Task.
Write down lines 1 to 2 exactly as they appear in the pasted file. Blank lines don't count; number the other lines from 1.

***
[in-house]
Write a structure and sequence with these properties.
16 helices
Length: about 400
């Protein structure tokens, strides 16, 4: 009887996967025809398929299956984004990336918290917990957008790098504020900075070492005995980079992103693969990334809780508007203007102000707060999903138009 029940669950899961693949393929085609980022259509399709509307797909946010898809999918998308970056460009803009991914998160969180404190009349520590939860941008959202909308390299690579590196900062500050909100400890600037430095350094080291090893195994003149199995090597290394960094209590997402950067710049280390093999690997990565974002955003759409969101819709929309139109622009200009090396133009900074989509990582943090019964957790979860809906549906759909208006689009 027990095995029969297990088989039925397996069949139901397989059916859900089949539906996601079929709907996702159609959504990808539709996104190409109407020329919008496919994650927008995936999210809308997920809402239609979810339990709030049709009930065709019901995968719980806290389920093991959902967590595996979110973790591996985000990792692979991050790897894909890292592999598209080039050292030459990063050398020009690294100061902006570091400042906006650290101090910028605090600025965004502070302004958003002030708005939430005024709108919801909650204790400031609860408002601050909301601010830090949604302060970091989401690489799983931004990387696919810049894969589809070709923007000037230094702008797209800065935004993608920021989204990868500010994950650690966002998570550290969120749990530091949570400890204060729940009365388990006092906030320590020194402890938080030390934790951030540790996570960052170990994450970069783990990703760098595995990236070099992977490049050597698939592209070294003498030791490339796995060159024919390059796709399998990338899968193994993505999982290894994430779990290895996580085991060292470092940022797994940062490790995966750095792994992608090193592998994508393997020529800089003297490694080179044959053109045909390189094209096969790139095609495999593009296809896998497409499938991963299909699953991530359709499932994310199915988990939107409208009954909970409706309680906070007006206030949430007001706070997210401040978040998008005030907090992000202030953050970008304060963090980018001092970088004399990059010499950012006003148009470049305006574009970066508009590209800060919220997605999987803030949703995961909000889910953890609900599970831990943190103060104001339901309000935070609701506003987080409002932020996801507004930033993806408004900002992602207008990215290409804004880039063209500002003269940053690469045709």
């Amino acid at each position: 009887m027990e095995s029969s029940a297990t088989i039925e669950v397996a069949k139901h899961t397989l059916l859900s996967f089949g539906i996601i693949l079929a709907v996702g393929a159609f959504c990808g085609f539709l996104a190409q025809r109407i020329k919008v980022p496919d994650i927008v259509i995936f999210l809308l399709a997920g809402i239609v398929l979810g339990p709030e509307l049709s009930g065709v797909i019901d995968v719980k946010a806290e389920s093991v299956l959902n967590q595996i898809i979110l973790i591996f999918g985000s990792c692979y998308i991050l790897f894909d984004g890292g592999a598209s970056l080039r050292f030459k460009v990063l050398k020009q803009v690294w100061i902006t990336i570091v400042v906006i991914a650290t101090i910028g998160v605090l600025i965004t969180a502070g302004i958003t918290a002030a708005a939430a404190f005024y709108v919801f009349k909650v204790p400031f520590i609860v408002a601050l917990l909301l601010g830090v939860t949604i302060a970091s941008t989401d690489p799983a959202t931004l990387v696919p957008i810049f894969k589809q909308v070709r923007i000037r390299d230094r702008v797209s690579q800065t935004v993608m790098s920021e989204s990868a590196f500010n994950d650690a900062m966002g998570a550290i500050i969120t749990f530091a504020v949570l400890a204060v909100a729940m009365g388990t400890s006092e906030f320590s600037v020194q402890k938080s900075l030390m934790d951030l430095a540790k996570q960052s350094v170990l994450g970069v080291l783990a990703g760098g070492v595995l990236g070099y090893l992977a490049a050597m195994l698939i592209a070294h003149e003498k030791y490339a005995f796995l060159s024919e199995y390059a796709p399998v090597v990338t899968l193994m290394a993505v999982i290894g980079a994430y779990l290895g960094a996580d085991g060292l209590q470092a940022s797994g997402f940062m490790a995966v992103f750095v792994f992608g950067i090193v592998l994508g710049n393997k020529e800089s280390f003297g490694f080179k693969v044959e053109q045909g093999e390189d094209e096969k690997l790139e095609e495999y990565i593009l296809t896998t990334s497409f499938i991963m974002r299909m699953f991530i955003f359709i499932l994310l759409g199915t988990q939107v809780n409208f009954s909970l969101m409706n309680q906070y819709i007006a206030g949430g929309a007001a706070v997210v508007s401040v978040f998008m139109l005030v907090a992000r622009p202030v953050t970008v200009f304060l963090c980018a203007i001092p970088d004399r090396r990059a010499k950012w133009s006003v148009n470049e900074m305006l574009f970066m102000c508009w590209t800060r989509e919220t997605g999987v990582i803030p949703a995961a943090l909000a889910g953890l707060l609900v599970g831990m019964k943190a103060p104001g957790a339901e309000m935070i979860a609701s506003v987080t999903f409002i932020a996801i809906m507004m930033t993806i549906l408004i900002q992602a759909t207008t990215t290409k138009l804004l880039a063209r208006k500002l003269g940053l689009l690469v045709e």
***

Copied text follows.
[in-house]
Write a structure and sequence with these properties.